Nutrition for Older Adults: What You Eat Matters

You may think that eating well is just about losing weight, but following a nutritious diet has many other benefits. As you age, your diet becomes your first line of defense against disease. Studies show that people who eat more fruits and vegetables have lower rates of cancer and heart disease. The foods you choose even affect your brain and your memory. Therefore, when it comes to nutrition for older adults, what you eat matters!

Fill Up on Fiber

The fiber found in oatmeal, oat bran, nuts, seeds, legumes, beans, citrus fruits, and many other foods may lower cholesterol levels. Fiber also controls blood sugar levels by slowing the absorption of glucose (sugar) into the bloodstream after a meal. It can also help with weight management because it makes you feel fuller longer.

Mixing up a smoothie with some berries and seeds will give you a good dose of fiber. Here are a couple of Crockpot Recipes designed for the senior diet that are full of fiber and flavor!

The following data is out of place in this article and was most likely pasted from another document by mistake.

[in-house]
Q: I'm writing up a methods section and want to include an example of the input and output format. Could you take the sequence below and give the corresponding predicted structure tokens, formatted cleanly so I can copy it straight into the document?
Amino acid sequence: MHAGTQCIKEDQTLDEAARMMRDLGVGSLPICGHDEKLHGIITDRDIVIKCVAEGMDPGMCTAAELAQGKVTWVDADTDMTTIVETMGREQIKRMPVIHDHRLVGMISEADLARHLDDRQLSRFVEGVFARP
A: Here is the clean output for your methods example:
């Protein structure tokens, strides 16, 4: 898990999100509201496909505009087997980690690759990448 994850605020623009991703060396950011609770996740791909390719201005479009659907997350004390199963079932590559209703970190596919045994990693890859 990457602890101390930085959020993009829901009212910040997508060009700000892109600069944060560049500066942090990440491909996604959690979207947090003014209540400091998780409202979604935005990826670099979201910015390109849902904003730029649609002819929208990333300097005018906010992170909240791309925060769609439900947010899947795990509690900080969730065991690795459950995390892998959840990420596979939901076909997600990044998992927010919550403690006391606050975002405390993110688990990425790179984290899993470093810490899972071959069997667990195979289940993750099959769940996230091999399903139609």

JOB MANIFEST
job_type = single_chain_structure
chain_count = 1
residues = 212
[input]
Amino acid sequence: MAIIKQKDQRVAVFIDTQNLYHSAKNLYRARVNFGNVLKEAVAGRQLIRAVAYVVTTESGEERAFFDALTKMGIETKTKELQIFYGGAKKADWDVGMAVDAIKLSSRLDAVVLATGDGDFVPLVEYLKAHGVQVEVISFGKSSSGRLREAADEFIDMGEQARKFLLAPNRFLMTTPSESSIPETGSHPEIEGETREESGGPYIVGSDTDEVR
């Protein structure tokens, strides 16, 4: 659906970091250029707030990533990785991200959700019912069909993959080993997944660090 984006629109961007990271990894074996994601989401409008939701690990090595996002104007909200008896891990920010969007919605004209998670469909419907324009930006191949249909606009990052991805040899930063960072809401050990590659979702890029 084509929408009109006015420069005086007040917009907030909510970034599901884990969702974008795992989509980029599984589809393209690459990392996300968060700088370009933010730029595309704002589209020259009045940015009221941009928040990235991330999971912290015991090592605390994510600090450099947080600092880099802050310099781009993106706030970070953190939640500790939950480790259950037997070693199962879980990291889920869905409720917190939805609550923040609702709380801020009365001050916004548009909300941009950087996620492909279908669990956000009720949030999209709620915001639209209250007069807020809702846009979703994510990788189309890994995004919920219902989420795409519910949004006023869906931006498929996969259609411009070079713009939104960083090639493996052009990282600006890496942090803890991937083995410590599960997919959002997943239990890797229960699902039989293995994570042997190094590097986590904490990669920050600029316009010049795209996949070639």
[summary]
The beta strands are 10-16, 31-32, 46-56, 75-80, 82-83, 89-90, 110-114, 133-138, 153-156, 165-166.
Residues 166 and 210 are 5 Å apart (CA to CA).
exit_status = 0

Choose Seafood

Your body doesn’t make essential nutrients on its own, so it depends on what you eat and drink to supply them. The omega-3 fatty acids in seafood help your heart, joints, and eyesight, and they’re also crucial for brain health. These types of fish are high in omega-3s:

  • Salmon
  • Lake trout
  • Mackerel
  • Tuna fish (canned light)

Swap meat for seafood to get the nutrients you need, and talk with your doctor about taking supplements if you’re concerned about not getting enough omega-3 fatty acids in your diet.

Consume More Plant Protein Sources

Eat more plant protein sources, such as beans, peas, nuts, and seeds. These are good for heart health, the environment, and the planet. With the exception of soybean products such as tofu and edamame, plant proteins don’t contain all the amino acids that animal-based foods do, but including a variety of plant foods throughout the day will help you get all nine essential amino acids.

Substitute Healthier Fats

Healthy fats include olive oil, avocado, salmon, and nuts. Eating healthy fats can lower your bad cholesterol and raise your good cholesterol. Healthy fats also protect you against heart disease, stroke, diabetes, and other health conditions.

Eating healthily is important at any age. However, when it comes to nutrition for older adults, what you eat matters most. A healthy diet can help you maintain good health and reduce your disease risk. However, your nutritional needs change as you age, so making healthy choices is essential.